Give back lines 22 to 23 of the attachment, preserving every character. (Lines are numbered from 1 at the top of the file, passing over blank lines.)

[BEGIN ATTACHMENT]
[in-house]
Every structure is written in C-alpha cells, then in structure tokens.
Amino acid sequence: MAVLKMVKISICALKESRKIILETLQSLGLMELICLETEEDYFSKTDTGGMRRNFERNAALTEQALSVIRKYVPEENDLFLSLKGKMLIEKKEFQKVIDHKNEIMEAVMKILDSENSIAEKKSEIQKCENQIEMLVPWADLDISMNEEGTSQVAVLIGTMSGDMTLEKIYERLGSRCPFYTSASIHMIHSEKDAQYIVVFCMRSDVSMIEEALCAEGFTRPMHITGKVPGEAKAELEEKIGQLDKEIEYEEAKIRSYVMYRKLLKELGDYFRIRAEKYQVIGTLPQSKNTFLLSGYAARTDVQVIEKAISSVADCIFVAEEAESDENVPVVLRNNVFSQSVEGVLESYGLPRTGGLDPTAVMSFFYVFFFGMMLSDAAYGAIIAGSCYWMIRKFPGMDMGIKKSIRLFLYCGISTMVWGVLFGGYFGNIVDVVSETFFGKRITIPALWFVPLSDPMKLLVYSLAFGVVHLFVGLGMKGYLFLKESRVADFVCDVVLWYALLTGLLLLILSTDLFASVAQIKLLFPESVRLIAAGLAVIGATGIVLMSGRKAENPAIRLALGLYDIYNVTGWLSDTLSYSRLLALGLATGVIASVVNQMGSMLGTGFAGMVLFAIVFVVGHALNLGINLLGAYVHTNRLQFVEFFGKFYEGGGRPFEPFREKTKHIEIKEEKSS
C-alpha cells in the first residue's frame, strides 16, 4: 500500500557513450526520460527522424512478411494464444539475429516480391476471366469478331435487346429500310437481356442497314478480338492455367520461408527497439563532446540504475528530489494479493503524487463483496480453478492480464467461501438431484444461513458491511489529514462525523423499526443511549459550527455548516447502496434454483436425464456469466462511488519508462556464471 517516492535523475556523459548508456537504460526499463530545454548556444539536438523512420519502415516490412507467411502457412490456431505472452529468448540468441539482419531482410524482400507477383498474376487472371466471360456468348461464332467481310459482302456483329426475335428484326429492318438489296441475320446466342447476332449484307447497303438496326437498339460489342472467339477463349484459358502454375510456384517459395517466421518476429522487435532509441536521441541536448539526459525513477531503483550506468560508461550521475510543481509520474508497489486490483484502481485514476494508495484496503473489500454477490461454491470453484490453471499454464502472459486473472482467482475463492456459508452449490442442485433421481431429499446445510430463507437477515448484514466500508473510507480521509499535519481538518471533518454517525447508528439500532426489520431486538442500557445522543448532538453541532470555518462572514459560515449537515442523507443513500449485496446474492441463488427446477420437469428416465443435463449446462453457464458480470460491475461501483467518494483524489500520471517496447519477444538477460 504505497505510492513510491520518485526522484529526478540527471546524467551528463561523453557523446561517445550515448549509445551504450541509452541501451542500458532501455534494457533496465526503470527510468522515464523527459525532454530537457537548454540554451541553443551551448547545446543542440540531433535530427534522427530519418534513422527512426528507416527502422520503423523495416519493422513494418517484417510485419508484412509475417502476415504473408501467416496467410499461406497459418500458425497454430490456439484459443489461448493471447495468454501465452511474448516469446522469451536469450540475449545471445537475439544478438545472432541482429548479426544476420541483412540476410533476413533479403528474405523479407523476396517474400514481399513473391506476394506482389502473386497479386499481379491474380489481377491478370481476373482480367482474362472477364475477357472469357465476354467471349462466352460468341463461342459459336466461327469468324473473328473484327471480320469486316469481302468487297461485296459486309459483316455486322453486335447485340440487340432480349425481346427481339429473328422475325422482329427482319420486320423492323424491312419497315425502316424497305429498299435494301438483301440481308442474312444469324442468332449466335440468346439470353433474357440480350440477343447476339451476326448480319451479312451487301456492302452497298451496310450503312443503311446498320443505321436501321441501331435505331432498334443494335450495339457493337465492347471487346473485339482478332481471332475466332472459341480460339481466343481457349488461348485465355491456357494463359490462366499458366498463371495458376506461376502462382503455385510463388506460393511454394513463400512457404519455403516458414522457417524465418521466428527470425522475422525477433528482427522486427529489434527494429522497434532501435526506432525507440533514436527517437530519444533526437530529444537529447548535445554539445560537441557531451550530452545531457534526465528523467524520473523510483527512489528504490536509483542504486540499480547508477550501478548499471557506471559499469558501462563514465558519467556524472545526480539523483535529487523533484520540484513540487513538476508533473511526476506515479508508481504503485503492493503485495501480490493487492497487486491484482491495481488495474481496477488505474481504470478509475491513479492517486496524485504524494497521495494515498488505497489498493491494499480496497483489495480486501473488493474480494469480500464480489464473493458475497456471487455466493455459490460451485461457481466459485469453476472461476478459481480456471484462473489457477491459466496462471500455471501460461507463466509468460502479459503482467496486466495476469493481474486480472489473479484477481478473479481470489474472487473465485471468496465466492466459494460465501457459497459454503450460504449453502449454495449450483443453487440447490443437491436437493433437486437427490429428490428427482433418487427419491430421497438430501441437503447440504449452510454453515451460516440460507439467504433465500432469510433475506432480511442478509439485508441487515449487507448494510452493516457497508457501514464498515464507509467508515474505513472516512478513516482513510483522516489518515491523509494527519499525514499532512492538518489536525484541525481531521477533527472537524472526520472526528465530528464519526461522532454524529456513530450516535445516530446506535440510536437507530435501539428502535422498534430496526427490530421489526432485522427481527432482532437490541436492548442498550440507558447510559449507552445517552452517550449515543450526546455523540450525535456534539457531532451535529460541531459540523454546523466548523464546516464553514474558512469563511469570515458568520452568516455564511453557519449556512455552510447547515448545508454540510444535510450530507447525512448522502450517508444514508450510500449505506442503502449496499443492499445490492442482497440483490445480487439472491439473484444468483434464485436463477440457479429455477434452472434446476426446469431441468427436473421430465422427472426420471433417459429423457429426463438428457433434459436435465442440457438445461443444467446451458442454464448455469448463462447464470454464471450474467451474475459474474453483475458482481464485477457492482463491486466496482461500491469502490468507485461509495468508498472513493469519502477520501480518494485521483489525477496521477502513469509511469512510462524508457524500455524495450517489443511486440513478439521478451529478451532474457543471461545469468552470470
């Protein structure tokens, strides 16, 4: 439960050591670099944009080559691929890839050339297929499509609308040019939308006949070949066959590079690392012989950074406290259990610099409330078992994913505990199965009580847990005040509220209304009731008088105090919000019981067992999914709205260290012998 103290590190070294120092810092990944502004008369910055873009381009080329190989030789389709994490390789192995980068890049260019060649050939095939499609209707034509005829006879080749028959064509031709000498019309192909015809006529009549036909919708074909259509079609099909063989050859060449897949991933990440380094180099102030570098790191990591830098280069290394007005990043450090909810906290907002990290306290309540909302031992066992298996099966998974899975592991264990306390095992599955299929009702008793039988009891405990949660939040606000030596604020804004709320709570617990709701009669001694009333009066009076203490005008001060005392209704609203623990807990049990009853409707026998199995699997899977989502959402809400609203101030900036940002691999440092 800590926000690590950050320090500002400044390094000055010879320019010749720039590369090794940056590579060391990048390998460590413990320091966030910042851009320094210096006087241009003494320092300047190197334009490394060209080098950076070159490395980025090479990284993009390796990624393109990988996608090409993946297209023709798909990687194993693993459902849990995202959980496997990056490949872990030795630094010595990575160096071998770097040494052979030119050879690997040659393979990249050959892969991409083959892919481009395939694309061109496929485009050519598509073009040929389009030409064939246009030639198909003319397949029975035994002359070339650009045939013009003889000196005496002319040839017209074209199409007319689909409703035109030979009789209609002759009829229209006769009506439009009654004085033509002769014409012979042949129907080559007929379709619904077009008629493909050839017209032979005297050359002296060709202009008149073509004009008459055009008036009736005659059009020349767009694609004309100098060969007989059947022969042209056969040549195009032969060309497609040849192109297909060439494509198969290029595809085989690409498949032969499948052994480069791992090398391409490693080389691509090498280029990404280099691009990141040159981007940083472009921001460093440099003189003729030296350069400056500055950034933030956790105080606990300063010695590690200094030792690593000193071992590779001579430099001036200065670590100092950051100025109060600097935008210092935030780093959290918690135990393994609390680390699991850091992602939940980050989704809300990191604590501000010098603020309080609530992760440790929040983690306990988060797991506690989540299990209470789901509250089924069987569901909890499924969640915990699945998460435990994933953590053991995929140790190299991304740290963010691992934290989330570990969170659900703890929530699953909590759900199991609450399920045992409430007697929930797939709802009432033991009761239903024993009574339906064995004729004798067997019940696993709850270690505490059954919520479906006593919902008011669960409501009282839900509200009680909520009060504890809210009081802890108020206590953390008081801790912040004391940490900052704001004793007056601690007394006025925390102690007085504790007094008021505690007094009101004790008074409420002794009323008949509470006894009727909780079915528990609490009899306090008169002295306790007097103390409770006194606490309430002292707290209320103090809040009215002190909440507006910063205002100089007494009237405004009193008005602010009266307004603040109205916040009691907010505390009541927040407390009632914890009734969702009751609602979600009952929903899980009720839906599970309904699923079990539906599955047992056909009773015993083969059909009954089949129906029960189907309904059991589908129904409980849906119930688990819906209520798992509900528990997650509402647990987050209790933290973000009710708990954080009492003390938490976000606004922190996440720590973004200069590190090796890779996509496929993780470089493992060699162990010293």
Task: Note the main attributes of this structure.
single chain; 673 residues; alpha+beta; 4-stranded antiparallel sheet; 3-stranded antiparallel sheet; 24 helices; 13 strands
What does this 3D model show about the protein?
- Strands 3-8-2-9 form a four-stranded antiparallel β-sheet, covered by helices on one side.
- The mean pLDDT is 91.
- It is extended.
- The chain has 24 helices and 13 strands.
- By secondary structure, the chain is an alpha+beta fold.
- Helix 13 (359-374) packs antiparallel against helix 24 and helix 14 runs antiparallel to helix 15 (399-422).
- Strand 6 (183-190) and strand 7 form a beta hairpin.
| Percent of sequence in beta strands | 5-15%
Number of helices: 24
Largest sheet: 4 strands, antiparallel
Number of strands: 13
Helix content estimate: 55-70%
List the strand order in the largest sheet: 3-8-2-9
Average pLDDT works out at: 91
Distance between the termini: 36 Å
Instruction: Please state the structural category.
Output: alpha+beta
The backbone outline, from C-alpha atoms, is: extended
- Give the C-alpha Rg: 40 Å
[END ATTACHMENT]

Average pLDDT works out at: 91
Distance between the termini: 36 Å